Form and reform: affective form and the garden suburb

Lee Stickells

Research output: ThesisDoctoral Thesis

Abstract

This thesis establishes the concept of affective form as a means of examining urban design – being the intersection of architecture, planning and landscape – in relation to techniques of governance. Affective form broadly describes a built environment where people are encouraged to amend, or govern, their actions according to particular socio–political ideas. Exploration of the concept’s application as a theoretical tool is undertaken here in order to generate a means of discussing the ethical function of urban design. The emergence of notions of affective form will be located in the eighteenth century, alongside the growing confidence in the ability for humankind to effect social and cultural progress. In a series of examples, stretching throughout the twentieth century, the implicit relation of planning, architectural and landscape form to social effect is discussed. The language, and design models, used to delineate affective form are described, alongside discussion of the level of intentionality apparent in the conceptions of urban form’s social effect. Critique through affective form allows an analysis that brings together the underlying utopian elements of projects – the traces of ideology and sociological theories – with an evaluation of the formal concepts projected. As the second area of investigation, the city of Perth in Western Australia provides a contextual focus for the examination of concepts of affective form. Through a series of appropriations of urban design models a suburban archetype emerged in Perth of a planned, homogenous field of low–rise, single–family, detached dwellings within a gardenesque landscape. The process of appropriation is described as a continuing negotiation between local expectations and the implicit conceptions of affective form within the imported models. Connecting the two primary concerns of the thesis, the ability of form to influence social change and the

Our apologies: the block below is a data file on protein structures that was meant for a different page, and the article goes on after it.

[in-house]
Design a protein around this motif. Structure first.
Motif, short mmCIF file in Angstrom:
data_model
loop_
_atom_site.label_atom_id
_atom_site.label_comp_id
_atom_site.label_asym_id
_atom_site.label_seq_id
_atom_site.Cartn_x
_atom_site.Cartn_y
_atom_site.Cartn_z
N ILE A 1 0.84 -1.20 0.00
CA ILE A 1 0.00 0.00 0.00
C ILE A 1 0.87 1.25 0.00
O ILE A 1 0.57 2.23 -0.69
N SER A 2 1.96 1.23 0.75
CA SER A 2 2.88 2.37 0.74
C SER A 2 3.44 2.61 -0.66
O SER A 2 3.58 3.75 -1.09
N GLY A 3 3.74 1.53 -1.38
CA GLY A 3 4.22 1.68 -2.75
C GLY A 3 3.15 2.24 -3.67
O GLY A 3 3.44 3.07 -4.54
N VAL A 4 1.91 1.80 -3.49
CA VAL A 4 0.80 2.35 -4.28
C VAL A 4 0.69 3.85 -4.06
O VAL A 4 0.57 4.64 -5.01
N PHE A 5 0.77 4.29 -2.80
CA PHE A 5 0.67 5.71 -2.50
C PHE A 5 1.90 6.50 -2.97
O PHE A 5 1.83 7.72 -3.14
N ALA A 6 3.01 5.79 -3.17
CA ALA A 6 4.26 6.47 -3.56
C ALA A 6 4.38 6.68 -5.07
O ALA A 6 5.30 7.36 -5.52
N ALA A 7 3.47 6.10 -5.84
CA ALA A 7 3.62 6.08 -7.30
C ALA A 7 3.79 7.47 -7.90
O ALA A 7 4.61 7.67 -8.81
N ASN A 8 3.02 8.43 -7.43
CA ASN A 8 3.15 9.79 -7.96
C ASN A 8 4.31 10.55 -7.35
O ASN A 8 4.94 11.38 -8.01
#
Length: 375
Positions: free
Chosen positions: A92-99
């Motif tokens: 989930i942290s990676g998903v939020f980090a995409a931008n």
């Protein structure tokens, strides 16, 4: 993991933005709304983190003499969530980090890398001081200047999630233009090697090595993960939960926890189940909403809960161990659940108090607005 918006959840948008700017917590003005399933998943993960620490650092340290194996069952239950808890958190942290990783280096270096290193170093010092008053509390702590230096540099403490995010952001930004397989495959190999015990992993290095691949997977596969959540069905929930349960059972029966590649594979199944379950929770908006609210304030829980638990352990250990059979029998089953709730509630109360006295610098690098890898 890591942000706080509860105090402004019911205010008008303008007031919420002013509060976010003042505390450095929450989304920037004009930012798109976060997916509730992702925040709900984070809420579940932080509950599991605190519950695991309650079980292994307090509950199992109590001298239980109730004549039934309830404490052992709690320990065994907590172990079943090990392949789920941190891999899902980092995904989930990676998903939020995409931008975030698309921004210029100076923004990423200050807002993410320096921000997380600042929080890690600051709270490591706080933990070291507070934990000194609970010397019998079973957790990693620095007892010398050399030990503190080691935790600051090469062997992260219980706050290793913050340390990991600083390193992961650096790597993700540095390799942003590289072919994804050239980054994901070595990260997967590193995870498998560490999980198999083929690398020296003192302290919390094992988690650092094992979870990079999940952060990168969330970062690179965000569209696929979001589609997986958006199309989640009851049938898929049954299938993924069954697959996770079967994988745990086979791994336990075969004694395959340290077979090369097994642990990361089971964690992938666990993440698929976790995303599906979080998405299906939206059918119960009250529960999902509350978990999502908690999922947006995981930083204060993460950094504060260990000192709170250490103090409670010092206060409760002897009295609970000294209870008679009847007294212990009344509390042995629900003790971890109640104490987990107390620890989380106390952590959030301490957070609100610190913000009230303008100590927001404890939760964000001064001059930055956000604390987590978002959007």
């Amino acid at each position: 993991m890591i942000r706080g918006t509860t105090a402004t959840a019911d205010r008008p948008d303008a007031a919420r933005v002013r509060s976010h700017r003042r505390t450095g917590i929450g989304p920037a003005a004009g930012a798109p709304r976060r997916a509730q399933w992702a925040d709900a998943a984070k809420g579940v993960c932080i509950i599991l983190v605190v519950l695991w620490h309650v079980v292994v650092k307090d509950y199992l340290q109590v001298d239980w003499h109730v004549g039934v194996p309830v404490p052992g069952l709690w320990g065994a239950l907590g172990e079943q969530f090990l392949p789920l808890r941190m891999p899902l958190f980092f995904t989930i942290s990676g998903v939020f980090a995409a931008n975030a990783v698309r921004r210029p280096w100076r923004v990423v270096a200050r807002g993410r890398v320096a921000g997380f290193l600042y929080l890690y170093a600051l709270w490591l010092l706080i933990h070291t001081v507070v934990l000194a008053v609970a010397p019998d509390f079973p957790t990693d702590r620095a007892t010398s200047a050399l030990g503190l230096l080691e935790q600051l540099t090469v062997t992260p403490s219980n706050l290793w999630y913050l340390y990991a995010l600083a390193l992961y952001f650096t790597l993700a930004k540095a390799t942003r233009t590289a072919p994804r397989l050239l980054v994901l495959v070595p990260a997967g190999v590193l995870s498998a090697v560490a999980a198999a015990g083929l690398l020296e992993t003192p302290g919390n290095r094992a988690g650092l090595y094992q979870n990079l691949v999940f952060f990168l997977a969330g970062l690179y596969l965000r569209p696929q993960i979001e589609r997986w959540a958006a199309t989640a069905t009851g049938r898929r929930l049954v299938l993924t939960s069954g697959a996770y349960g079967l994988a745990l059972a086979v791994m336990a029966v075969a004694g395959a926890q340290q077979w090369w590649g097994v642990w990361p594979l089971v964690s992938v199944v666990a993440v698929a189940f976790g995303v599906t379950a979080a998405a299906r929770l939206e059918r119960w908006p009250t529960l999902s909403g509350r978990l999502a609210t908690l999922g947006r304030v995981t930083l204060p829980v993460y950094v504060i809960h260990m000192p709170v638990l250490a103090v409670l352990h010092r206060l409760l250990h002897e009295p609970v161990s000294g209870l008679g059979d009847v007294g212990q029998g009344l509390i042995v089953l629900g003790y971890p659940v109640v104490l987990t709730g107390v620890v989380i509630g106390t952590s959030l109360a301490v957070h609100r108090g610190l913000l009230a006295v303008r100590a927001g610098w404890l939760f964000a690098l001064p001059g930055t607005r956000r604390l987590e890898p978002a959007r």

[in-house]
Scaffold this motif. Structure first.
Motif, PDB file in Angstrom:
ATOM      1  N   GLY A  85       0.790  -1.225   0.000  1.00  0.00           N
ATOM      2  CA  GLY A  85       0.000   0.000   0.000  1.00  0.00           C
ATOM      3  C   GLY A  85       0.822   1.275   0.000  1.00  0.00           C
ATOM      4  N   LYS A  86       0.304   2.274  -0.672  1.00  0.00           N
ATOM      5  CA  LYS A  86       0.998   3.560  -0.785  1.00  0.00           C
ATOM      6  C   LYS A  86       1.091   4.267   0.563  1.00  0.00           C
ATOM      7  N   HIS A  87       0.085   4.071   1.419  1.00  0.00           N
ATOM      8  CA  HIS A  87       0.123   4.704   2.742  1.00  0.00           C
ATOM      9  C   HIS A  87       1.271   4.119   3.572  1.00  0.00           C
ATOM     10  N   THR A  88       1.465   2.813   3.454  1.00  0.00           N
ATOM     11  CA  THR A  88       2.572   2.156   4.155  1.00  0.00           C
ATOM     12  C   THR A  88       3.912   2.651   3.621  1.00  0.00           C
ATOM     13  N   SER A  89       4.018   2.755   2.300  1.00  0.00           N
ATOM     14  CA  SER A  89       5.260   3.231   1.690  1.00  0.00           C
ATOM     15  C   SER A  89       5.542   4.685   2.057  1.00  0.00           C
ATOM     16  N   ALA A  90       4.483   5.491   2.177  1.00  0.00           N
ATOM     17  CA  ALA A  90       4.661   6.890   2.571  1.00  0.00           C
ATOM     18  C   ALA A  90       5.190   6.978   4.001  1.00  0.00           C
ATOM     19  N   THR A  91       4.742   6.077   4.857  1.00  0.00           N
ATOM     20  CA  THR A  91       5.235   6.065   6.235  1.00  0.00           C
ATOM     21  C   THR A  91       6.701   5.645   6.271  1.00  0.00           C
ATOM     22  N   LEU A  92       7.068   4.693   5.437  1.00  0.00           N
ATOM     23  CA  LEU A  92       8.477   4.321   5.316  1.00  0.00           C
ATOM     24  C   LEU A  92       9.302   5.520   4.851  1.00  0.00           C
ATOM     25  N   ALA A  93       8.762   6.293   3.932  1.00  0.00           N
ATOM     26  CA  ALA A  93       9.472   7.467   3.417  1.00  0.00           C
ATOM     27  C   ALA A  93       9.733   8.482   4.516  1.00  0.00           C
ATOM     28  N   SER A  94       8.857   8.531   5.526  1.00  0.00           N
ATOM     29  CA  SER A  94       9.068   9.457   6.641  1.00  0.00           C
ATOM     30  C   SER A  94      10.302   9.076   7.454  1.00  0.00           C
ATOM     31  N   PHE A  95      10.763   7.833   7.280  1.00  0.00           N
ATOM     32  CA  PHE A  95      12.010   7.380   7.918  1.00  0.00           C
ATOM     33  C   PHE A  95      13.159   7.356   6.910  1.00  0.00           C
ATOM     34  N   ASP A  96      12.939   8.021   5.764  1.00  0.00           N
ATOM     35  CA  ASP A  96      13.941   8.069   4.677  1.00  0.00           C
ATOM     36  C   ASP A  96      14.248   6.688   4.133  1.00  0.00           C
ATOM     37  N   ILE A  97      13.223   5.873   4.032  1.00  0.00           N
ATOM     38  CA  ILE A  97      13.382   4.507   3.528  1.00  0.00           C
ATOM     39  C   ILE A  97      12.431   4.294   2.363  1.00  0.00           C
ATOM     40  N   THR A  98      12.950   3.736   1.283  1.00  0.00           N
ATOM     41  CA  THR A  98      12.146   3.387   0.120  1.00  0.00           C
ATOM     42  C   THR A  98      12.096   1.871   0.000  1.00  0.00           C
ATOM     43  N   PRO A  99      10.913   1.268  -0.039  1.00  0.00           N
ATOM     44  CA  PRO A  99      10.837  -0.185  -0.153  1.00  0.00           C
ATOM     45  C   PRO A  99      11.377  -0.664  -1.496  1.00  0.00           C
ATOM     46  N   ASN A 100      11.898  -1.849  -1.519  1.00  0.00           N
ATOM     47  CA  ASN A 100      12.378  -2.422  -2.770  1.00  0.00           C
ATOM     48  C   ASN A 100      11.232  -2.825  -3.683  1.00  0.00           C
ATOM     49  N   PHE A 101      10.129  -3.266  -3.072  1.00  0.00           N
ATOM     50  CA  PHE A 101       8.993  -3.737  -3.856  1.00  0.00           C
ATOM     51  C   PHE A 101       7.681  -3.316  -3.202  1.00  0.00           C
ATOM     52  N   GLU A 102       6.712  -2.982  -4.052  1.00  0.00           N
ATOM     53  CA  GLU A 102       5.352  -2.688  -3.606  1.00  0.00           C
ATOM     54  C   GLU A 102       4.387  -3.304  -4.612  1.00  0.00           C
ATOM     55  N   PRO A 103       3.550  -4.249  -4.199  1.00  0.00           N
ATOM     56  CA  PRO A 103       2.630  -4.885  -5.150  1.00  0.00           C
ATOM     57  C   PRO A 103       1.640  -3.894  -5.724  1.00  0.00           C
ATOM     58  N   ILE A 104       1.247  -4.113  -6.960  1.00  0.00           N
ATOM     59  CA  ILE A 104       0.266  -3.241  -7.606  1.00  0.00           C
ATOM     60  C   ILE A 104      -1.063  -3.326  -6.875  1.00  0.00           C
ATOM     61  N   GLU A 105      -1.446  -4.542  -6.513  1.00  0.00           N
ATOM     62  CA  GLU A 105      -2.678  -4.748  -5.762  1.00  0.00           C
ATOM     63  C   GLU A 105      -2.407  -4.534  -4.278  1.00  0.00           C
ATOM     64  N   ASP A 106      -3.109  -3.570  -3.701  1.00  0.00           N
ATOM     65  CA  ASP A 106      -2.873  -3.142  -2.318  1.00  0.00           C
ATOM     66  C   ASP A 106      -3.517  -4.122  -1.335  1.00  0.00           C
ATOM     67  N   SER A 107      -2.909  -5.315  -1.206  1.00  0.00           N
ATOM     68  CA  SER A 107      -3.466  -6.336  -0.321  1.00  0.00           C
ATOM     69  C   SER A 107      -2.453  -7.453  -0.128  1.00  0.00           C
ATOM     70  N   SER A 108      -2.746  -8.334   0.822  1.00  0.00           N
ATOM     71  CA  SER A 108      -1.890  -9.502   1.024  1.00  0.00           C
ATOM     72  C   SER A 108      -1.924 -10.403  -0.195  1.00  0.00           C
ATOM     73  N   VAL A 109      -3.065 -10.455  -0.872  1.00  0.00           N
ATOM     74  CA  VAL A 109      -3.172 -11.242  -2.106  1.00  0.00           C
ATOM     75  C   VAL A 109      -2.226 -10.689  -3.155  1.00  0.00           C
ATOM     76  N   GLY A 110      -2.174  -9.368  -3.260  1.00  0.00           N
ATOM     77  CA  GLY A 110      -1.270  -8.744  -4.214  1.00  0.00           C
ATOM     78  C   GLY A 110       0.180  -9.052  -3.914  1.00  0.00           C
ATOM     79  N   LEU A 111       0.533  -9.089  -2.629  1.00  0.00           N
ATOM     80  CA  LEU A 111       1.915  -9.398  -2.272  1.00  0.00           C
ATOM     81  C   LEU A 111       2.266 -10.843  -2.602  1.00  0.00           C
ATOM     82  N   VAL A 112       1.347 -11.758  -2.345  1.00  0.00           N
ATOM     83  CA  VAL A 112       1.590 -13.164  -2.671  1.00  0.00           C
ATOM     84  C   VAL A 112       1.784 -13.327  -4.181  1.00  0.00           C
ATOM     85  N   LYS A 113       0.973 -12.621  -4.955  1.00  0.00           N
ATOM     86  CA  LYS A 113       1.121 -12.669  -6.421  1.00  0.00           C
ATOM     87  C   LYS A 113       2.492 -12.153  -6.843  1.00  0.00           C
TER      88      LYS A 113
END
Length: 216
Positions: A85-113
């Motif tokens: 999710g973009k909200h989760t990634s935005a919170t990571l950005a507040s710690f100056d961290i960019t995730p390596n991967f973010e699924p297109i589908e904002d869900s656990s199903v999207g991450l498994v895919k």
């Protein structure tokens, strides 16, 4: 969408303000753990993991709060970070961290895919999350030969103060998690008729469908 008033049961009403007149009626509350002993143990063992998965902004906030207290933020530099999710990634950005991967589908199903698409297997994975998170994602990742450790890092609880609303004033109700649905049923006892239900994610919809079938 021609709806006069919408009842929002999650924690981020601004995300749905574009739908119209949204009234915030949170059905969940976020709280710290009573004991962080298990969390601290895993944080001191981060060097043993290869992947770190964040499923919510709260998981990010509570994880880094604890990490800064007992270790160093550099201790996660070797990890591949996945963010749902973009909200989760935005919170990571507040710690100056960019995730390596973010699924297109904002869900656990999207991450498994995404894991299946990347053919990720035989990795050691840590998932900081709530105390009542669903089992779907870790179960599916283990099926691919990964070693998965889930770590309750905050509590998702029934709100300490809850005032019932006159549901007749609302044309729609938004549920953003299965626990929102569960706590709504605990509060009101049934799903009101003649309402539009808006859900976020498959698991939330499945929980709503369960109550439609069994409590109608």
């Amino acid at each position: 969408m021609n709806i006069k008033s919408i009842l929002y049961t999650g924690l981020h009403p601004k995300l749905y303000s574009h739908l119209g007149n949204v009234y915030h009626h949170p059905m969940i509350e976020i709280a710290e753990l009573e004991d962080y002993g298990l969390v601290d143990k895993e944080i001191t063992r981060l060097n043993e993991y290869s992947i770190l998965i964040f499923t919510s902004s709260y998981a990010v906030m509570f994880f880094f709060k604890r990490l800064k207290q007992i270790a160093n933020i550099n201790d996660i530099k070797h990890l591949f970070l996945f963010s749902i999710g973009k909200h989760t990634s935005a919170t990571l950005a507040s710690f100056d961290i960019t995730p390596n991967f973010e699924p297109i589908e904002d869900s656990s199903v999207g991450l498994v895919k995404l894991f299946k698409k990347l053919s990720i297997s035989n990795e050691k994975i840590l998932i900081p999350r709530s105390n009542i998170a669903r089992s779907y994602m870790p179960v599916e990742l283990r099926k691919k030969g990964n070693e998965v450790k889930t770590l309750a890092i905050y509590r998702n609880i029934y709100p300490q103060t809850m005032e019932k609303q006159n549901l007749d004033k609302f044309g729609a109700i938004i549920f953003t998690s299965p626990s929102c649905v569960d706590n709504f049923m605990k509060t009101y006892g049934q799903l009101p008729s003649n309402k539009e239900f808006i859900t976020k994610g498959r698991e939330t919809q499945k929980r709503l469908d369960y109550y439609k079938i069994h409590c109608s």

LanguageEnglish
QualificationDoctor of Philosophy
StateUnpublished - 2004

Fingerprint

Affective
Suburbs
Urban Design
Planning
Conception
Appropriation
Perth
Utopian
Contextual
Dwelling
Confidence
Governance
Intentionality
Rise
Sociological Theory
Archetypes
Ideology
Built Environment
Evaluation
Suburban

Cite this

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title = "Form and reform: affective form and the garden suburb",
abstract = "This thesis establishes the concept of affective form as a means of examining urban design – being the intersection of architecture, planning and landscape – in relation to techniques of governance. Affective form broadly describes a built environment where people are encouraged to amend, or govern, their actions according to particular socio–political ideas. Exploration of the concept’s application as a theoretical tool is undertaken here in order to generate a means of discussing the ethical function of urban design. The emergence of notions of affective form will be located in the eighteenth century, alongside the growing confidence in the ability for humankind to effect social and cultural progress. In a series of examples, stretching throughout the twentieth century, the implicit relation of planning, architectural and landscape form to social effect is discussed. The language, and design models, used to delineate affective form are described, alongside discussion of the level of intentionality apparent in the conceptions of urban form’s social effect. Critique through affective form allows an analysis that brings together the underlying utopian elements of projects – the traces of ideology and sociological theories – with an evaluation of the formal concepts projected. As the second area of investigation, the city of Perth in Western Australia provides a contextual focus for the examination of concepts of affective form. Through a series of appropriations of urban design models a suburban archetype emerged in Perth of a planned, homogenous field of low–rise, single–family, detached dwellings within a gardenesque landscape. The process of appropriation is described as a continuing negotiation between local expectations and the implicit conceptions of affective form within the imported models. Connecting the two primary concerns of the thesis, the ability of form to influence social change and the",